CiML 2016

CiML participants
in Machine Learning
Gaming and Education
Friday December 9, 2016, Barcelona, Spain
ROOM 129 + 130

[Schedule][Invited Speakers][Committee][Organizers][CALL-FOR-ABSTRACTS]

Congratulations to Sebastien Treguer for winning the mini Beat AutoSKLearn contest, which we re-opened for your enjoyment.


Challenges in machine learning and data science are competitions running over several weeks or months to resolve problems using provided datasets or simulated environments. The playful nature of challenges naturally attracts students, making challenge a great teaching resource. For this third edition of the CiML workshop at NIPS we want to explore more in depth the opportunities that challenges offer as teaching tools. The workshop will give a large part to discussions around several axes: (1) benefits and limitations of challenges to give students problem-solving skills and teach them best practices in machine learning; (2) challenges and continuous education and up-skilling in the enterprise; (3) design issues to make challenges more effective teaching aids; (3) curricula involving students in challenge design as a means of educating them about rigorous experimental design, reproducible research, and project leadership.
CiML is a forum that
 brings together workshop organizers, platform providers, and participants to discuss best practices in challenge organization and new methods and application opportunities to design high impact challenges. Following the success of last year's workshop, in which a fruitful exchange led to many innovations, we propose to reconvene and discuss new opportunities for challenges in education, one of the hottest topics identified in last year's discussions. We have invited prominent speakers in this field.
We will also reserve time to an open discussion to dig into other topic including open innovation, coopetitions, platform interoperability, and tool mutualisation.

We are accepting impromptu posters the day of the workshop, see call!

Invited speakers

We want to give a large space to discussion, by organizing  two discussion sessions monitored by the organizers, who will first give a  brief introduction to several selected topics: how are challenges used "in class", what makes a good classroom challenge, challenges and MOOCs, grading challenge work, involving students in challenge work. In addition, the invited speakers will be asked to reflect in their presentations upon the four main topics of discussion.

Call for abstract: 
We welcome 2-page extended abstracts on topics relating to challenges in machine learning and gaming in education at large. Selected papers will be presented primarily as posters, but exceptional contributions will be given oral presentations. Abstract should be submitted by October 10th, 2016 by sending email to
The first call-for-abstract is over, but you can bring an impromptu poster and send a ~500 word abstract as late as the day before the workshop to share late breaking news!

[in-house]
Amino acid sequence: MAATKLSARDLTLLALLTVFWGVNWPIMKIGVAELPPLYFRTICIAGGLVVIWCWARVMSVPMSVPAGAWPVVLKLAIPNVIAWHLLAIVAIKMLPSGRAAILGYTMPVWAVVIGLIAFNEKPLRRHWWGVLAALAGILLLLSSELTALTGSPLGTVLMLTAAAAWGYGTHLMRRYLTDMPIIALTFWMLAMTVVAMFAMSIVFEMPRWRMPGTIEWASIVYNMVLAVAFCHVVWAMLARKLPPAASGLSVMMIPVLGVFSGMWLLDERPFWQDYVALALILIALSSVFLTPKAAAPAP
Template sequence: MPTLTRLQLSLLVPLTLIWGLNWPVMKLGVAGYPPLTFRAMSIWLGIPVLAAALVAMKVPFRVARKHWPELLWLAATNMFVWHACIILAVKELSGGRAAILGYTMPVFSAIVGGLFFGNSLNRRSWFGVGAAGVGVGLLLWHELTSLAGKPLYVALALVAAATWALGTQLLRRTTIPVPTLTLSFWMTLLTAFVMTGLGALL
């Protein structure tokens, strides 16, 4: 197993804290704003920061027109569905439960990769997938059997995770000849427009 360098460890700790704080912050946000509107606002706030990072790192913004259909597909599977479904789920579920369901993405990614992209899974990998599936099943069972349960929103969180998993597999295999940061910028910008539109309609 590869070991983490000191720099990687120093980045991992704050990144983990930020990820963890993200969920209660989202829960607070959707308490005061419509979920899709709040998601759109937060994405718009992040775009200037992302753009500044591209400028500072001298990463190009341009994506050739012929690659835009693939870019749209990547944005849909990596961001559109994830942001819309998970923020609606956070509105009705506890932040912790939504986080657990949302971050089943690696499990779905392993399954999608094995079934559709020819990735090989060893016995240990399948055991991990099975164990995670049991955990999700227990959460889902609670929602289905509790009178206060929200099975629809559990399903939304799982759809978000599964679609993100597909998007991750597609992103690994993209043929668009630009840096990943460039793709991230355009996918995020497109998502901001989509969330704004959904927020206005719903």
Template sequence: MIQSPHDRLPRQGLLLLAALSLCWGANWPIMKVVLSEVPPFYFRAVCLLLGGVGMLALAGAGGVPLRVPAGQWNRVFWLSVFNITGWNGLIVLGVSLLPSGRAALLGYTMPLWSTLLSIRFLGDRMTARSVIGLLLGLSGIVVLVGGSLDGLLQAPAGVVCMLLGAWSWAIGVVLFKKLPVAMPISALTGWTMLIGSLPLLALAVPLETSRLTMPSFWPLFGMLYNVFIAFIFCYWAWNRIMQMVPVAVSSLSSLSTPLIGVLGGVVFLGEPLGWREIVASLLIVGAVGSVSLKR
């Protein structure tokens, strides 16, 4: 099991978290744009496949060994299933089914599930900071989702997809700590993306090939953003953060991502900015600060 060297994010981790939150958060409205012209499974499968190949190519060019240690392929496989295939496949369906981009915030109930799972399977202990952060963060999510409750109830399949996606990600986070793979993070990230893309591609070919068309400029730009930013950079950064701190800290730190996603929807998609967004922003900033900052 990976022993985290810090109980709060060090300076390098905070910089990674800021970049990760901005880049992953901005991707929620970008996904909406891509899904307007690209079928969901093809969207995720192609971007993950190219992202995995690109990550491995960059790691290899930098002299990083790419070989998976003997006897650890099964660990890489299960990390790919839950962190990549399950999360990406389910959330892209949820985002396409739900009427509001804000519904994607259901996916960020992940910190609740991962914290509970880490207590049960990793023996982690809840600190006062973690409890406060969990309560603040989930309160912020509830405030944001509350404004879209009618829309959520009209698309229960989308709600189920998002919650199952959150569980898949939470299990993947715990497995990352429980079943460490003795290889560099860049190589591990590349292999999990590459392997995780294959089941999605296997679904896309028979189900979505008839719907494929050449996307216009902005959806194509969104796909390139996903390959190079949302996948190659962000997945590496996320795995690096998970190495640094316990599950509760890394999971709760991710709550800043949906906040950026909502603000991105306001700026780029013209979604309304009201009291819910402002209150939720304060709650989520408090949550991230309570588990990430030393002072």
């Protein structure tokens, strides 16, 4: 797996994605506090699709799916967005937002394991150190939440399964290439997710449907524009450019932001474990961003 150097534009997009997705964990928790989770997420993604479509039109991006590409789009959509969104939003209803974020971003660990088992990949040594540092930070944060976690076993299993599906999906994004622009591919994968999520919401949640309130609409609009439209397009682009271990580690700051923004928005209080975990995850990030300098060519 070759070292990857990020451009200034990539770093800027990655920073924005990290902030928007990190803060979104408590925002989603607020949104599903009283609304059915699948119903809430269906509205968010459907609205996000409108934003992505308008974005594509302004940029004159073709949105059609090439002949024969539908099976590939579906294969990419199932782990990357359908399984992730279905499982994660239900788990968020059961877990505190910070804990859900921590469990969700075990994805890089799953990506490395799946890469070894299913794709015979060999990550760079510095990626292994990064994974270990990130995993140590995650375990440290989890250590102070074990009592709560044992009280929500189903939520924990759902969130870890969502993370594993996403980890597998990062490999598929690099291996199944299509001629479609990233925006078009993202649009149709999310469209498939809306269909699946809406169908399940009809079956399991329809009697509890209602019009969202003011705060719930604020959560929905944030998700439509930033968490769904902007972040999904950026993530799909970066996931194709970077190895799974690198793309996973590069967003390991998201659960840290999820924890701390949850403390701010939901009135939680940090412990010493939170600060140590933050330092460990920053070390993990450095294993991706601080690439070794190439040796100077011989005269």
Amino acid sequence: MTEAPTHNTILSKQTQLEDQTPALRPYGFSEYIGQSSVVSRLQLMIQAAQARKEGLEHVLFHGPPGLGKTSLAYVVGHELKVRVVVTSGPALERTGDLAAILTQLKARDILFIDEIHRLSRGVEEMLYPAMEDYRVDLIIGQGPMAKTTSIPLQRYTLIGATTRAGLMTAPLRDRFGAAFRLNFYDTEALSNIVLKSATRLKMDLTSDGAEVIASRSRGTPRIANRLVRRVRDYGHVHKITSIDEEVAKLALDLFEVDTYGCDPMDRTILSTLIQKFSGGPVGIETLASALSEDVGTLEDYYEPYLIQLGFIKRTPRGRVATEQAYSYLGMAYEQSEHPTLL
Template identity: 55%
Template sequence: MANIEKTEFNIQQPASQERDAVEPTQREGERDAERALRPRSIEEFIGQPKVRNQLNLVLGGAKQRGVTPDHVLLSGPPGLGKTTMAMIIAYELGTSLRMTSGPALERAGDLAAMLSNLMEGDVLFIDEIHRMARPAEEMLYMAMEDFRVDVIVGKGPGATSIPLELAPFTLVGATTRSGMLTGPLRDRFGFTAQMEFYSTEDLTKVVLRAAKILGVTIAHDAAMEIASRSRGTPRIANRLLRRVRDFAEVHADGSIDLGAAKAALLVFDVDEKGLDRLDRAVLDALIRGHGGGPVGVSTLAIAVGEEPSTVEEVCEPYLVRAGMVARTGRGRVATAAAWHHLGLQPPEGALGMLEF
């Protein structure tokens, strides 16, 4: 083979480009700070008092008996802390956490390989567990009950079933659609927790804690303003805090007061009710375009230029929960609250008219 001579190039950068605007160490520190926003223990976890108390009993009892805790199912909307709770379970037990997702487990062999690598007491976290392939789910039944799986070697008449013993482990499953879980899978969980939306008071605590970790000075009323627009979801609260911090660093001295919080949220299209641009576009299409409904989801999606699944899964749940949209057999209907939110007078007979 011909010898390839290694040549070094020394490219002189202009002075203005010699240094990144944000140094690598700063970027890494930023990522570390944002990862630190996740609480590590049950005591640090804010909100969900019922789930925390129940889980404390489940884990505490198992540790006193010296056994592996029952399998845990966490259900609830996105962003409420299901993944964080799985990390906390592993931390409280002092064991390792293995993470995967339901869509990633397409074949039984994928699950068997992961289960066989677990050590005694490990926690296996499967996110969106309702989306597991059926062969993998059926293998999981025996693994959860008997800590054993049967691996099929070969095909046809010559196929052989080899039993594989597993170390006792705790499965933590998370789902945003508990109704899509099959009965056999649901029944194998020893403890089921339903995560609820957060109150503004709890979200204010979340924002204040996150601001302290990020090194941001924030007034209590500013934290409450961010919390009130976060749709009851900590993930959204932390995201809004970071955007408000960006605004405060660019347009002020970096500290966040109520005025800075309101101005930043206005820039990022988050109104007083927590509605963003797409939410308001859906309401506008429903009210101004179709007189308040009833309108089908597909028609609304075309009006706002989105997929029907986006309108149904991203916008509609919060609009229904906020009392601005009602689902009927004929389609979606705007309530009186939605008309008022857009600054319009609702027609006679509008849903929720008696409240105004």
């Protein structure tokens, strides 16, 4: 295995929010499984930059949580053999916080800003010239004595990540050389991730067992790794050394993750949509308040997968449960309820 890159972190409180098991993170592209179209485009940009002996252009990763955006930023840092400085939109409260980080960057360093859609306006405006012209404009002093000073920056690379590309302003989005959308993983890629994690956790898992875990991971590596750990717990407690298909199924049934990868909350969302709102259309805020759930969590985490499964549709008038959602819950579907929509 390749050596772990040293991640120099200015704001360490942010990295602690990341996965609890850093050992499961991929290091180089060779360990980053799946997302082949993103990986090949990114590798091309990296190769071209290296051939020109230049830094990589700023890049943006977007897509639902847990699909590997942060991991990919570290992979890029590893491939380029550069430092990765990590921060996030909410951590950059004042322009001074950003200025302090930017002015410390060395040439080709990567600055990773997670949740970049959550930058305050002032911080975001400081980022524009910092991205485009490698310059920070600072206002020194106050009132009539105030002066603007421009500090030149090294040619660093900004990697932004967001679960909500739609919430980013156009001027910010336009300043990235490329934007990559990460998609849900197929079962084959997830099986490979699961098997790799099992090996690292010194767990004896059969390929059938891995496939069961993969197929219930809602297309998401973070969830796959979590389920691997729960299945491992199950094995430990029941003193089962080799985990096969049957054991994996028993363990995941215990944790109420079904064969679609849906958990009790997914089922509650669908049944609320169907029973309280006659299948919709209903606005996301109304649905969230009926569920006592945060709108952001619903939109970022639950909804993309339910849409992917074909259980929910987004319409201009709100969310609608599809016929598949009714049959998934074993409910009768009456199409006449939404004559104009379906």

Topics of interest
- Novel or atypical challenge protocols, particularly relating to gaming and education.
- Novel or atypical challenge protocols to tackle complex tasks with very large datasets, multi-modal data, and data streams.
- Methods and metrics of entry evaluation, quantitative and qualitative challenges.
- Methods of data collection, "ground-truthing", and preparation including bifurcation/anonymization, data generating models.
- Teaching challenge organization.
- Hackatons and on-site challenges.
- Challenge indexing and retrieval, challenge recommenders.

- Societal of psychological studies of theories about gaming and education.
- Experimental design, size data set, data split, error bounds, statistical significance, violation of typical assumptions (e.g. i.i.d. data).
- Game theory applied to the analysis of challenge participation, competition and collaboration among participants.
- Diagnosis of data sanity, artifacts in data, data leakage.

- Re-usable challenge platforms, innovative software environments.
- Linking data and software repositories to challenges.
- Security/privacy, intellectual property, licenses.
- Cheating prevention and remedies.
- Issues raised by requiring code submission.
- Challenges requiring user interaction with the platform (active learning, reinforcement learning).
- Dissemination, fact sheets, proceedings, crowdsourced papers, indexing post-challenge publications.
- Long term impact, on-going benchmarks, metrics of impact.
- Participant rewards, stimulation of participation, advertising, sponsors.
- Profiling participants, improving participant professional and social benefits.

- Challenges as an educational tool.
- Where to venture next: opportunities for challenge organizers to organize challenges in new domains with high societal impact.
- Successful challenge leading to significant breakthrough or improvement over the state-of-the-art or unexpected interesting results.
- Rigorous study of the impact of challenges, analyzing topics and tasks lending themselves to high impact machine learning challenges.
- Challenges organized or supported by Government agencies, funding opportunities.

Related workshops: